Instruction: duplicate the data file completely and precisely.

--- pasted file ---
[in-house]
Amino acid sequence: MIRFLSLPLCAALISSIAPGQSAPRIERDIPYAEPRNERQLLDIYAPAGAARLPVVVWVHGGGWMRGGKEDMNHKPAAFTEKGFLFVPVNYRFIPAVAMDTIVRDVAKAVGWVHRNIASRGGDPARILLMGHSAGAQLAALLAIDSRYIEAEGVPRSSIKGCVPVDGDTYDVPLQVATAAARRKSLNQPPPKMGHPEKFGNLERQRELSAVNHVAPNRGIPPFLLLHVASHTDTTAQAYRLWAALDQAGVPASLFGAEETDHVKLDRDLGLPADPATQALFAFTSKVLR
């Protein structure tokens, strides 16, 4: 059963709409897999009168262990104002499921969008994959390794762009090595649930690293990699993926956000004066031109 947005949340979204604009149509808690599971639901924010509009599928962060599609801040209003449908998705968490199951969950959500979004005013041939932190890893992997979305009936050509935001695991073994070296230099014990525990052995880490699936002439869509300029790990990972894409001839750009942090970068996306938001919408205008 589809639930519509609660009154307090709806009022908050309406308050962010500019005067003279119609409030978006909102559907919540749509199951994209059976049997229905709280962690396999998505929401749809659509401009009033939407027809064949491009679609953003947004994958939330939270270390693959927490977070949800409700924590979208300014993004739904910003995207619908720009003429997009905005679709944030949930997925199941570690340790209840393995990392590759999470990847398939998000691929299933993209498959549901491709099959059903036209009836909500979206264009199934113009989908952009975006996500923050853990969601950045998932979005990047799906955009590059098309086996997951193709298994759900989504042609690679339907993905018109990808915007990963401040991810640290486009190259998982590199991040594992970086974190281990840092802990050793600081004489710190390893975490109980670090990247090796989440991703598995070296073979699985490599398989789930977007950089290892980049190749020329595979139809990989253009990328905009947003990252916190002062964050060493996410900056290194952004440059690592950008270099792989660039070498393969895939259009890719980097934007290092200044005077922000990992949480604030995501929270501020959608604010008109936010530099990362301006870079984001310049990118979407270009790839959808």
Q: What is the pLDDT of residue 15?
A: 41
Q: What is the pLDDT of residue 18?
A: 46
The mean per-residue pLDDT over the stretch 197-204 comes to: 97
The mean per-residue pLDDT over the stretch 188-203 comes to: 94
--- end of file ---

[in-house]
Amino acid sequence: MIRFLSLPLCAALISSIAPGQSAPRIERDIPYAEPRNERQLLDIYAPAGAARLPVVVWVHGGGWMRGGKEDMNHKPAAFTEKGFLFVPVNYRFIPAVAMDTIVRDVAKAVGWVHRNIASRGGDPARILLMGHSAGAQLAALLAIDSRYIEAEGVPRSSIKGCVPVDGDTYDVPLQVATAAARRKSLNQPPPKMGHPEKFGNLERQRELSAVNHVAPNRGIPPFLLLHVASHTDTTAQAYRLWAALDQAGVPASLFGAEETDHVKLDRDLGLPADPATQALFAFTSKVLR
């Protein structure tokens, strides 16, 4: 059963709409897999009168262990104002499921969008994959390794762009090595649930690293990699993926956000004066031109 947005949340979204604009149509808690599971639901924010509009599928962060599609801040209003449908998705968490199951969950959500979004005013041939932190890893992997979305009936050509935001695991073994070296230099014990525990052995880490699936002439869509300029790990990972894409001839750009942090970068996306938001919408205008 589809639930519509609660009154307090709806009022908050309406308050962010500019005067003279119609409030978006909102559907919540749509199951994209059976049997229905709280962690396999998505929401749809659509401009009033939407027809064949491009679609953003947004994958939330939270270390693959927490977070949800409700924590979208300014993004739904910003995207619908720009003429997009905005679709944030949930997925199941570690340790209840393995990392590759999470990847398939998000691929299933993209498959549901491709099959059903036209009836909500979206264009199934113009989908952009975006996500923050853990969601950045998932979005990047799906955009590059098309086996997951193709298994759900989504042609690679339907993905018109990808915007990963401040991810640290486009190259998982590199991040594992970086974190281990840092802990050793600081004489710190390893975490109980670090990247090796989440991703598995070296073979699985490599398989789930977007950089290892980049190749020329595979139809990989253009990328905009947003990252916190002062964050060493996410900056290194952004440059690592950008270099792989660039070498393969895939259009890719980097934007290092200044005077922000990992949480604030995501929270501020959608604010008109936010530099990362301006870079984001310049990118979407270009790839959808």
Q: What is the pLDDT of residue 15?
A: 41
Q: What is the pLDDT of residue 18?
A: 46
The mean per-residue pLDDT over the stretch 197-204 comes to: 97
The mean per-residue pLDDT over the stretch 188-203 comes to: 94